Though Eternal Champions saw strong sales and was at one point a popular enough property to warrant a sequel, a remake, two spin-offs, and various multimedia tie-ins, after the planned third game in the core fighting series was cancelled Sega has not produced any new product for the franchise. The entire series had been absent from the compilations of Sega Genesis games that have been released on various platforms over the years, until the first entry saw release through Steam on September 13th, 2010.


Eternal Champions: Challenge From the Dark Side kept the special attack meter but made most special attacks use less of the meter than in the previous game. Therefore, the characters gained a multitude of special attacks that did not deplete the special attack meter. Three new types of finishing moves were added in Challenge from the Dark Side: a second Overkill in each stage called Sudden Death (that could be activated when the victim still had a little life left), Vendetta, and Cinekill. Combo attacks were also introduced and jumping attacks could be linked to ground attacks and most normal attacks could be linked into other normal attacks. In addition, the game was significantly more violent and bloody than its predecessor, especially in the new finishing moves.

A third and a final title Eternal Champions: The Final Chapter was advertised for the Sega Saturn, but the game was cancelled shortly after beginning production, in order to push the Virtua Fighter series in the United States.[16] According to an interview with Michael Latham, this decision was made by Sega of Japan: "Sega of Japan felt that Eternal Champions was keeping Virtua Fighter from being more successful in the US and that it would be better if the company focused on only one franchise.. ..and as Sega is a Japanese company, the Japan side won. It was a crushing blow, and was the only time in working nearly a decade at Sega I considered quitting. I mainly stayed with the hope to change that decision, but sadly never could. Even when we did the NetFighter project for, we weren't able to use the Eternal characters as a hidden bonus. From Japan's view the game never existed, in spite of its stellar sales and even offers to do comic books and a cartoon around it."[17]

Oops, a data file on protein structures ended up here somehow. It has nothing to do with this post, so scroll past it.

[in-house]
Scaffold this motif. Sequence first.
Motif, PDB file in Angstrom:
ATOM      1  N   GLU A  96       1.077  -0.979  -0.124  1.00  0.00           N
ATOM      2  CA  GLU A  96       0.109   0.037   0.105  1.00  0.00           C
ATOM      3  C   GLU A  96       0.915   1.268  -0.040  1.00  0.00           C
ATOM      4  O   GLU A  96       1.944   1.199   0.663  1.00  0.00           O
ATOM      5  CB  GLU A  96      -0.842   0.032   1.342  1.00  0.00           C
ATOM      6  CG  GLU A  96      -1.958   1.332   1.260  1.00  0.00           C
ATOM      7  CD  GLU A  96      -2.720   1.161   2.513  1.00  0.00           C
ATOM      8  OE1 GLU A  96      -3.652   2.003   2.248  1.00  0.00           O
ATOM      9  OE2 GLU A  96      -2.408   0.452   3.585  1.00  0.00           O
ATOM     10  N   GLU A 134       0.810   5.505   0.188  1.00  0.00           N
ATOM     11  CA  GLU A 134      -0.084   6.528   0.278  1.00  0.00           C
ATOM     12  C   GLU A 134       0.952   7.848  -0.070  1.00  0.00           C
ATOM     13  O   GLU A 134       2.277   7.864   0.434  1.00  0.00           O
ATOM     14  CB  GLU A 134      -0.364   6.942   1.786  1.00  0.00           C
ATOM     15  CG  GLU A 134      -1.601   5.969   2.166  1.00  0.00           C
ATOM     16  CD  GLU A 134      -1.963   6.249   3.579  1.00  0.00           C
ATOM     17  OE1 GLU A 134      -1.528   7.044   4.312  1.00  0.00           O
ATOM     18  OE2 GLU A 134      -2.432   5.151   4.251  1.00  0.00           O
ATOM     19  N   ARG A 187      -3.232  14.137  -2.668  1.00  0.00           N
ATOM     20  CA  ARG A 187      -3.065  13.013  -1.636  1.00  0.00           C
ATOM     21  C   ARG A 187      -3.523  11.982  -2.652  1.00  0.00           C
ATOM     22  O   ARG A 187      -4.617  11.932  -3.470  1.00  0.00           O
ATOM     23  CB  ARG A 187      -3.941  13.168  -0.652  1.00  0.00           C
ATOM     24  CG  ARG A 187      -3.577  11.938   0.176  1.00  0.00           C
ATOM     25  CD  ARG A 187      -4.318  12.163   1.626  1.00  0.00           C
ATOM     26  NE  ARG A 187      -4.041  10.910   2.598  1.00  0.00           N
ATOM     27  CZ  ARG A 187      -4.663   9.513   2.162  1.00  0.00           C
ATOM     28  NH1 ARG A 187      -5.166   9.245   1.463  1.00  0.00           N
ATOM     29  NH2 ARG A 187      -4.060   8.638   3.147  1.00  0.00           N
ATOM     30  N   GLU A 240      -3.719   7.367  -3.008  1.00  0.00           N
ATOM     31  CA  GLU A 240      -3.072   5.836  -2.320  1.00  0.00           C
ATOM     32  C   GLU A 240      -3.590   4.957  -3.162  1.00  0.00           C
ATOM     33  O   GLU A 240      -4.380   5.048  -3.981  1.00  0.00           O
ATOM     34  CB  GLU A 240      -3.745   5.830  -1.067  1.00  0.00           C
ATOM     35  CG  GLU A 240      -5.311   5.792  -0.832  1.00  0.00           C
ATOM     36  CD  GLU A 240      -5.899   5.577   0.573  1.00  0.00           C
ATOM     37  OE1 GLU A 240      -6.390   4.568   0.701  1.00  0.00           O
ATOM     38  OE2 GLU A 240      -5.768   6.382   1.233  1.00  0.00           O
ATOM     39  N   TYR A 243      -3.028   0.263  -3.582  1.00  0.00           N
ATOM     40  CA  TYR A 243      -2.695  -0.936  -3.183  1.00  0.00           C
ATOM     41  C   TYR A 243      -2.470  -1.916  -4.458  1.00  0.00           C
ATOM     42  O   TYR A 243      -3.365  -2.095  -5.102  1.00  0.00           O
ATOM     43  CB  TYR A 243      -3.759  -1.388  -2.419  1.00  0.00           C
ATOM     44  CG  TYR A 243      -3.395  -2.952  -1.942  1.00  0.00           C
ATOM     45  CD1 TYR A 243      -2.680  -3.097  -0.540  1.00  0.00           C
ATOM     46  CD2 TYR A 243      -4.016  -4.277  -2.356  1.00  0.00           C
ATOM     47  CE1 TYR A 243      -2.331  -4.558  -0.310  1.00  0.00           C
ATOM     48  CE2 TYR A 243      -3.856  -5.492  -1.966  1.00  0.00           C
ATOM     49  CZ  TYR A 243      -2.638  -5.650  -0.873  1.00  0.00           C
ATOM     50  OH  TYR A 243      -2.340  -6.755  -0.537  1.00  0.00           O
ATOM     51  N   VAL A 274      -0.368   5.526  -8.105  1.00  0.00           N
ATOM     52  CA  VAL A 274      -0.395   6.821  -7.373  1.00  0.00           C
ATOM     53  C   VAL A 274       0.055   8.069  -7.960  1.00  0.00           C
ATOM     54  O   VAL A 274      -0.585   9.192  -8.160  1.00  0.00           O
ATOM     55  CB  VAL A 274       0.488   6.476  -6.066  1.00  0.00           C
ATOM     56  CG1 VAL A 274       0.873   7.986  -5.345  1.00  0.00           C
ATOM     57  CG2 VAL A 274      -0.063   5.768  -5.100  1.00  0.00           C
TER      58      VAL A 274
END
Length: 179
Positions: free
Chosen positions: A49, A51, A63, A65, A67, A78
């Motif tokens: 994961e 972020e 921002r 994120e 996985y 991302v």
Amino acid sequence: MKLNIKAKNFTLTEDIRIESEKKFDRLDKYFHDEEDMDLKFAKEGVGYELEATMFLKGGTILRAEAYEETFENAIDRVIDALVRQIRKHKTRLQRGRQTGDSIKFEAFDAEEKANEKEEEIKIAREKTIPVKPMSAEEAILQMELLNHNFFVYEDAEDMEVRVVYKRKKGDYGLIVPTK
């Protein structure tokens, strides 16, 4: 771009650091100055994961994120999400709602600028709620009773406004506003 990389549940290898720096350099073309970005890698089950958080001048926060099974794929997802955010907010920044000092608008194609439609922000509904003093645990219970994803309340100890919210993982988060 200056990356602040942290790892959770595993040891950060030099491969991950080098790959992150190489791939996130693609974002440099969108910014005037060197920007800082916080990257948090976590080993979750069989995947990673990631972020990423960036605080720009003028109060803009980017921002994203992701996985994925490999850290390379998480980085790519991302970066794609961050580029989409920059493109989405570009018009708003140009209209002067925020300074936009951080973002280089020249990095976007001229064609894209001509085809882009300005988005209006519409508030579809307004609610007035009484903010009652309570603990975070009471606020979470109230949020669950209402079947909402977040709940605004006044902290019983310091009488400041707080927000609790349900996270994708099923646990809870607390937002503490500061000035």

There are two video games which are spin-offs of the main Eternal Champions series, and are considered as being part of alternate universes to the main story of the core games, starring several popular Eternal Champions characters. The first game is Chicago Syndicate, an action game released for the Sega Game Gear portable platform in 1995. The plot is based in an alternate reality where Larcen Tyler did not die in 1920 as stated in Eternal Champions, and now seeks revenge on the Chicago Mafia. The second game, X-Perts, is a side-scrolling beat'em up released in 1996 for the Genesis. Like Chicago Syndicate, its plot is based in an alternate reality, this time one where Shadow Yamoto did not die in 1993 and instead formed a vigilante group.


  1. ^ "How to Get a Job in the Game Industry". Next Generation. No. 16. Imagine Media. April 1996. p. 42. 
  2. ^ Sega Visions, February–March 1994.
  3. ^ Sega Visions, June–July 1994.
  4. ^ "Sega Visions Issue 15". Retrieved 2014-05-21. 
  5. ^ "Eternal Champions: What Did Critics Say Back in 1994? - Defunct Games". Retrieved 18 January 2015. 
  6. ^ "Eternal Champions CD: What Did Critics Say Back in 1995? - Defunct Games". Retrieved 18 January 2015. 
  7. ^ "Eternal Champions". Retrieved 18 January 2015. 
  8. ^ "Mean Machines Sega Magazine Issue 16". Retrieved 2014-05-21. 
  9. ^ "Electronic Games 1994 01". Retrieved 18 January 2015. 
  10. ^ "Eternal Champions Review". Electronic Gaming Monthly (54). EGM Media, LLC. January 1994. p. 44. 
  11. ^ (January 3, 2008). Virtual Console version review, IGN.
  12. ^ "Top 10 Tuesday: Best Gore Effects". IGN. April 4, 2006. Archived from the original on 2010-08-09. Retrieved 2011-01-18. 
  13. ^ "The Klone Wars: The 10 Most Blatant "Mortal Kombat" Rip-Offs Ever". Complex. 2011-04-18. Retrieved 2014-01-14. 
  14. ^ "25 Sega Franchises We Want To See Revisited". Complex. Retrieved 2014-01-14. 
  15. ^ "The 25 Best 2D Fighting Games of All Time". Complex. 2013-08-15. Retrieved 2014-01-14. 
  16. ^ "Gaming Gossip". Electronic Gaming Monthly. Ziff Davis (82): 38. May 1996. ... one title that won't see the light of day on the Saturn is Eternal Champions. You may have noticed it on the back of the Saturn box, but the Q hears that Sega simply wanted to focus on the Virtua Fighter series... 
  17. ^ "Sega-16 Interview: Michael Latham". February 8, 2005. Retrieved 2013-09-06.